The Talos Principle is a game of challenges and conundrums and philosophical wonderings, filled with logic puzzles and cerebral mysteries. Its chunky mechanical processes are underpinned by a compelling breadcrumb-trail narrative that tackles the intangible notion of humanity and consciousness. Consequently, despite playing a robot that interacts with computer terminals and takes instruction from a disembodied voice in the sky, it exudes personality and charm; its mechanical precision complementing its aesthetic qualities. For an experience bereft of human contact it boasts a very big heart indeed.

It’s a huge, meaty endeavor of grand vision, lunatic ambition, polish, and composure.
Everybody’s Talking at Once

Looks like we didn’t screw up! Now, does anybody need a writer?

The Talos Principle is coming

As the release date of The Talos Principle approaches, I’ll be posting reviews and other links of interest here. I am, however, also preparing the release of A Postcard From Afthonia, which is ready and just being set up at Humble, and The Council of Crows, which I’d love to release before Christmas (but I’m not sure I can). I’m also working on a post about the writing of Talos and another one about Ithaka of the Clouds. Loads of stuff happening right now!

Unfortunately I’ve spent the last few weeks utterly and completely inundated with terrifying tax and healthcare paperwork that I can’t safely ignore, so I’m way behind.

Still – at least people seem to be enjoying Talos, which makes me very happy.

Talos has managed to present a narrative that makes us think, and not only think, but question ourselves. It doesn’t do it in a terribly pretentious way, either, not like we might expect from philosophy. We’re presented with a compelling version of reality that begs us to question our own, and Talos tells it with sci-fi aplomb.

Melissa Vach, Pixel Dynamo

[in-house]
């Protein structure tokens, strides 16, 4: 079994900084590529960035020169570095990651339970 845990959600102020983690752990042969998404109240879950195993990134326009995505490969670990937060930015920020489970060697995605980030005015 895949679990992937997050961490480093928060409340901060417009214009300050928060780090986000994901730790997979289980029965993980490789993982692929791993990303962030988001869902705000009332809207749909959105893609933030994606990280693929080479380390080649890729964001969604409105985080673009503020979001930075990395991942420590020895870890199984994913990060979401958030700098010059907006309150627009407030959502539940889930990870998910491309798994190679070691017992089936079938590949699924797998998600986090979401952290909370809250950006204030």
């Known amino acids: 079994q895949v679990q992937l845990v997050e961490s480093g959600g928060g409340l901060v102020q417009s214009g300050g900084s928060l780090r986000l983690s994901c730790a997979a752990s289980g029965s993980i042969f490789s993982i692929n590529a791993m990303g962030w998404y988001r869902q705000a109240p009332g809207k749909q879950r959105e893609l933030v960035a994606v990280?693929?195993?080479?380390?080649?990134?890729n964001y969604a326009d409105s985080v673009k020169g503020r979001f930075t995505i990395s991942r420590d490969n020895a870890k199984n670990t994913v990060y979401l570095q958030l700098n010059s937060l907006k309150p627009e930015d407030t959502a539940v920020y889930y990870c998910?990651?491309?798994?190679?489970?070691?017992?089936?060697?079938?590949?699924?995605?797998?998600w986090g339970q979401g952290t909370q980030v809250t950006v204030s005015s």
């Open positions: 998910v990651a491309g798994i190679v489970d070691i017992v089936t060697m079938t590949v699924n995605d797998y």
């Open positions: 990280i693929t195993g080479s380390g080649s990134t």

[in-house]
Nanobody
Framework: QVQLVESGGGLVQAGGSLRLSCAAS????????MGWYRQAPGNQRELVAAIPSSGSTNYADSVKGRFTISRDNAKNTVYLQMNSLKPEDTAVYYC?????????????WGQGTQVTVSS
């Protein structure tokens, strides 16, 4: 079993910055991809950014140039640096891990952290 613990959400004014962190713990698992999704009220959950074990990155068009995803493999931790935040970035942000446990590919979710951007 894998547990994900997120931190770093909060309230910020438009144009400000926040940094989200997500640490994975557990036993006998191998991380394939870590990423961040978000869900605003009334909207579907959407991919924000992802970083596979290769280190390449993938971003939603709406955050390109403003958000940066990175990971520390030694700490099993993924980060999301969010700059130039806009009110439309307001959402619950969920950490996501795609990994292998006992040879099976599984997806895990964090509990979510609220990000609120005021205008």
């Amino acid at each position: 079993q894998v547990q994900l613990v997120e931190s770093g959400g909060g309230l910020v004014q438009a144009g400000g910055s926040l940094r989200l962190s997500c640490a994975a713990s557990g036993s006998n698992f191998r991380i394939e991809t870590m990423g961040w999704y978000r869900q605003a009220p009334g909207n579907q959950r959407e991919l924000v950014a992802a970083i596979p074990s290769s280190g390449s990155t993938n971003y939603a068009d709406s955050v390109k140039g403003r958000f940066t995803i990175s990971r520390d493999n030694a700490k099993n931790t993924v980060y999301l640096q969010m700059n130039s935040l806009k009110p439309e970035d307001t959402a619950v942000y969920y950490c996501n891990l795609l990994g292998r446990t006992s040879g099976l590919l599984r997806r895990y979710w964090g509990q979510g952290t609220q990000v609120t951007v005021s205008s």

Isn’t that cool?

Police Violence and the Necessity of a Global Perspective


I’ve been seeing a number of English-language debates about police violence lately, particularly due to the events in Ferguson, Missouri. Most of the American debates seem to focus on matters of race, as American debates inevitably do. Now, there is no question that there is plenty of awful racism in America, and more than enough in the rest of the world as well. And there is no doubt that race plays a part in how violence occurs in America. But even in the more progressive parts of American public discourse, there is a tendency to myopically fixate only on the United States, as if the rest of the world didn’t exist or wasn’t part of the same political and economic systems.

A slightly wider perspective will reveal that police violence has been massively on the rise all over the world. For example: tomorrow, the sixth of December, is the anniversary of the unprovoked police shooting of Alexandros Grigoropoulos, a 15-year-old boy, which sparked protests all over Greece in 2008. Those protests, like all those that have followed against the increasingly catastrophic conditions caused by an economic and political system that seems utterly out of control, have been met with extreme police violence. The same is true in Spain, Turkey, Egypt, Mexico, England, even Germany – any expression of dissent is punished with extreme violence by unaccountable and increasingly militarized police forces.


But if it’s happening everywhere at the same time, it can’t just be about the specific cultural parameters of American society. Again, let me be perfectly clear: racism plays a part in this situation. It’s not a coincidence that fascist organizations like Golden Dawn have so many supporters in the Greek police, and poor immigrants are frequently the first victims. But look at that sentence again: there are two adjectives there. The one is what Americans call “race” (a term that most people outside the US associate mainly with Nazis – in a global context this should include a variety of concepts of national/tribal/cultural categorization) and class, a term that is avoided like the bogeyman in all American discourses.

A careful look at the victims of police violence – random people going about their lives, protesters, journalists, the mentally ill, children playing with toys – shows that race is not the major common factor. Certainly not in a global context, but even in the US context alone there are many horrifying cases of unprovoked violence destroying or even ending lives of poor “non-Other” people. There is one major common factor, however: such events do not affect the rich. You’re not going to get shot down if you live in a wealthy neighbourhood. The elites do not have to worry. The further down the economic ladder you are, the more your life is in danger.